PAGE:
The Marketing Plan Lecture

Chapter Summary

Welcome to the next lesson of this module where we will cover the topic of the marketing plan.

The chapter shows the student how to present and carry out a comprehensive marketing plan, stage by stage, using the SOSTAC framework to base analysis and findings around. A fictional case business example (The Candy Store) has been adopted to form the foundations of an example marketing plan.

The chapter firstly presents how to create a marketing plan, along with conducting and presenting elements such as a situational analysis, the strategy expected to be employed, the tactics used and the benefits that budgeting can give to a business when running a marketing campaign.

Below are some goals and objectives for you to refer to after learning this section.

Goals for this section:

  • To understand and apply the contents of a marketing plan.
  • To conduct a proper detailed situational analysis of the marketplace.

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1.0 Introduction

This chapter concentrates on understanding the fundamental principles of an effective marketing plan.  Marketing is generally considered to be an essential component of successful businesses, as even if an organisation has the best product or service available, unless customers know about it through marketing, they are not going to purchase it.  Chaston (2014) comments that it is a problem many new business start-ups make, in that they identify a gap in the market place for a new product but fail to market it properly.  When we say ‘properly’ we mean there is a difference between a scattergun approach to sharing information about a product across social media, and preparing a fully researched, targeted, and focused marketing plan and strategy.  This takes time and effort and involves many different parts but is inevitably worth the effort in the long term.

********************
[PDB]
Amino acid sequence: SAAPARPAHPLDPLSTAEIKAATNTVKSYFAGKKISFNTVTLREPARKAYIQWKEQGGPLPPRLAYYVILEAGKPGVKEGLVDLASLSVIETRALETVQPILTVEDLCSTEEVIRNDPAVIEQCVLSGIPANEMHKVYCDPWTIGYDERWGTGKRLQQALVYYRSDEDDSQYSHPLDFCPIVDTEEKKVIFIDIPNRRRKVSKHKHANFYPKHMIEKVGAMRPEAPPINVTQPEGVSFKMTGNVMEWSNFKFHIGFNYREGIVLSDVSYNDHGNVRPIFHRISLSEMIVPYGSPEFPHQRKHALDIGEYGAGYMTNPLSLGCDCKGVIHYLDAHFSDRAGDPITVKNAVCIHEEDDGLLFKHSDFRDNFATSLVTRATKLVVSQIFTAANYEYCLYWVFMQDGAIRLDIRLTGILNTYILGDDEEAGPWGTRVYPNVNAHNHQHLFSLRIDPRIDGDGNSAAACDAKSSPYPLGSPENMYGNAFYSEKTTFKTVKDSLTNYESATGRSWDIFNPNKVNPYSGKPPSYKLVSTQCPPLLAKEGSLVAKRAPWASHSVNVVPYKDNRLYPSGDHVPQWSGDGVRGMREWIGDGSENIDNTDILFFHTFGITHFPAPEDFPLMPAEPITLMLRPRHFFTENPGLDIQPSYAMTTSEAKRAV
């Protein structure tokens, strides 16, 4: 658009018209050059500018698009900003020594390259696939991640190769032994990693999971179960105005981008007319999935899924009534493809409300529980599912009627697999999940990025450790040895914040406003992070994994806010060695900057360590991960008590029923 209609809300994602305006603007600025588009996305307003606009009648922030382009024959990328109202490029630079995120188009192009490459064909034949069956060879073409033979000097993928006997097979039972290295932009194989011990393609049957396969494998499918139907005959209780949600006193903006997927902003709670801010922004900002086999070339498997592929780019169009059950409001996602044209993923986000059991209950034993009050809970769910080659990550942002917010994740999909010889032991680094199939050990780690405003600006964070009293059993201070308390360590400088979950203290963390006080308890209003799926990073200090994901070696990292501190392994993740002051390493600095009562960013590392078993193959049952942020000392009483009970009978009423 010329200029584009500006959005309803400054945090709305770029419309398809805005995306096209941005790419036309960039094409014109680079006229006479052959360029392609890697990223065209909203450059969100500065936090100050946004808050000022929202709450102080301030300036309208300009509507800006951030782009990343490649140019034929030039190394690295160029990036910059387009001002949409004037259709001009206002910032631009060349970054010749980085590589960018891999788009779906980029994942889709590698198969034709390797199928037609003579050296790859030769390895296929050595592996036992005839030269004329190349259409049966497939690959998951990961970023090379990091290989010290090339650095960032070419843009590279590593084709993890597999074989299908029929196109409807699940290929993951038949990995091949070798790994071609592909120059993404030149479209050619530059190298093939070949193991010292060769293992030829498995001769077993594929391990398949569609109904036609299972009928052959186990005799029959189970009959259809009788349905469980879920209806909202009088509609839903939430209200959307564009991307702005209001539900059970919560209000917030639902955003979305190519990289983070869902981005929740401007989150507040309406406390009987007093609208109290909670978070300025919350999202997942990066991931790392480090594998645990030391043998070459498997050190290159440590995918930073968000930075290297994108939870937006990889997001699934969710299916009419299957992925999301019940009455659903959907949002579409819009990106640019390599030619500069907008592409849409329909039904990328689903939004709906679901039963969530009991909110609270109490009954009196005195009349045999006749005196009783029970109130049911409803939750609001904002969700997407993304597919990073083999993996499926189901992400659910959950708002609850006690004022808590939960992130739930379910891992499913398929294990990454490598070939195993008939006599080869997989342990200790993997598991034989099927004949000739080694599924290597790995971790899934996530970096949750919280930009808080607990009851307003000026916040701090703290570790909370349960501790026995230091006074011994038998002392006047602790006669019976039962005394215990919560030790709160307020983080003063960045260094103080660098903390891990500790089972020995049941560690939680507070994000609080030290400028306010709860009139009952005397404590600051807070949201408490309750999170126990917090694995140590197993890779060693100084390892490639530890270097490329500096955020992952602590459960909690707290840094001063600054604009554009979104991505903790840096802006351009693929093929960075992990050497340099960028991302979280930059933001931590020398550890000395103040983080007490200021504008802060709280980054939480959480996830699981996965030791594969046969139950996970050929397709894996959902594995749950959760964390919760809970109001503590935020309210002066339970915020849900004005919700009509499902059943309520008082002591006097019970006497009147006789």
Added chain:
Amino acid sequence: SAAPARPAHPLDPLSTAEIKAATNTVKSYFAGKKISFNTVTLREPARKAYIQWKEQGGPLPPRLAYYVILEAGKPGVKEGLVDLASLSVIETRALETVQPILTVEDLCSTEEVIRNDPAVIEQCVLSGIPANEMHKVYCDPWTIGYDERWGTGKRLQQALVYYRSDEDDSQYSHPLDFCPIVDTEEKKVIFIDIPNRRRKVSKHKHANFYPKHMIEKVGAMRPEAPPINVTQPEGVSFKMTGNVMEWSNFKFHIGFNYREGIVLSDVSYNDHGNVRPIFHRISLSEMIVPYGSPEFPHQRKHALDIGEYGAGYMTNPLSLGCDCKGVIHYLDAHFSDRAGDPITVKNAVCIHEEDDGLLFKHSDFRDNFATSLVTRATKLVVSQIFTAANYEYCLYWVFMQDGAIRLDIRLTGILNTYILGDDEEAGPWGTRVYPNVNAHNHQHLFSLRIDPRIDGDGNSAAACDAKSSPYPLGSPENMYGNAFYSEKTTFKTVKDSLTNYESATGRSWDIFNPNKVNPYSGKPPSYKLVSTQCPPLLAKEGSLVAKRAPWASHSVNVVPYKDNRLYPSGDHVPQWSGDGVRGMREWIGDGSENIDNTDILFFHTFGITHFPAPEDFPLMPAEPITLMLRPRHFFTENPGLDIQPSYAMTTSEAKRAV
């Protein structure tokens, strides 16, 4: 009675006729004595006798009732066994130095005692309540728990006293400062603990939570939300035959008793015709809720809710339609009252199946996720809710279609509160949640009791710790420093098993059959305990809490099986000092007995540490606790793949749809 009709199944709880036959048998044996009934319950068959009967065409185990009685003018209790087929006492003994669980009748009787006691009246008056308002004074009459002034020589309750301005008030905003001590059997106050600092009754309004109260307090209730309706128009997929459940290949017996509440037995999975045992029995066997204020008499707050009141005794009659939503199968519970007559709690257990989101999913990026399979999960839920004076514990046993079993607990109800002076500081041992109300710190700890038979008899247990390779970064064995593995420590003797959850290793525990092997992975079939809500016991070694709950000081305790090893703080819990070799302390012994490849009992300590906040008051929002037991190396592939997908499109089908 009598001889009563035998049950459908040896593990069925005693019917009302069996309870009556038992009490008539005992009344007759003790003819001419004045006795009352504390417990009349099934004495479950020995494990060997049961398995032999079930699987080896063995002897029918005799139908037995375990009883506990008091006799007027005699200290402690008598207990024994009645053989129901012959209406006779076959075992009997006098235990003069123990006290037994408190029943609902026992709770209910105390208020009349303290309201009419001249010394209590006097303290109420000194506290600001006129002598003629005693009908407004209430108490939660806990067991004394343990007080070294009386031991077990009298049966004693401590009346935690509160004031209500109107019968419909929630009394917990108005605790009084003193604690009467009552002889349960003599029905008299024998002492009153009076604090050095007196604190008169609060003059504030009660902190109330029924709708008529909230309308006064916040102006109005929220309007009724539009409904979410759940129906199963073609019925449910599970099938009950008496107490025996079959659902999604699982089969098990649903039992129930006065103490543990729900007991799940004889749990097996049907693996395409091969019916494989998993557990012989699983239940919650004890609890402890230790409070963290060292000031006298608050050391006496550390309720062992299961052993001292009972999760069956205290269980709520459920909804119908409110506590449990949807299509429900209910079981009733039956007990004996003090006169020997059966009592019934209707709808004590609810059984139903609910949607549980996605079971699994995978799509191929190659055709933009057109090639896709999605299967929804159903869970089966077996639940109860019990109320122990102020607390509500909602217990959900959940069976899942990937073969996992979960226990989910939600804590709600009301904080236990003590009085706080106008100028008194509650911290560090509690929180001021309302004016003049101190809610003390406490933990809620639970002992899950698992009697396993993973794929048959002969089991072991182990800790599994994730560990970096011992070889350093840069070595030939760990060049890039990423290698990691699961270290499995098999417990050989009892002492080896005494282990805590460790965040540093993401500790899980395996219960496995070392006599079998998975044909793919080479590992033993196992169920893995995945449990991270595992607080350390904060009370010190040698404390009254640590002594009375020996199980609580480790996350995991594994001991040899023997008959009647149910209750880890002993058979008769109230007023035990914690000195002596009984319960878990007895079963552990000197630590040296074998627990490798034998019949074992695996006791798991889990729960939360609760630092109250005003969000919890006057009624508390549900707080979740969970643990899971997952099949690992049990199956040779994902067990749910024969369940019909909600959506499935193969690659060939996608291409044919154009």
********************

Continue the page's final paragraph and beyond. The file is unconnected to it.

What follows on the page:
The chapter uses the SOSTAC framework for developing a marketing plan, which is an acronym for:

  • Situational analysis
  • Objectives
  • Strategy
  • Tactics
  • Action
  • Control

Within each of these stages in the plan there are a number of tools and processes which can be applied and adapted to help produce a bespoke marketing plan which will present a product or service in the best possible light to the desired target market place.  Using the example of a fictional organisation to demonstrate the process, this chapter offers step-by-step guidance on the fundamentals of a successful marketing plan.  However, it is vitally important to remember that although the SOSTAC framework can be used as a template, each and every time it will be necessary to conduct an up-to-date analysis of the current marketplace and the tools and resources available for marketing.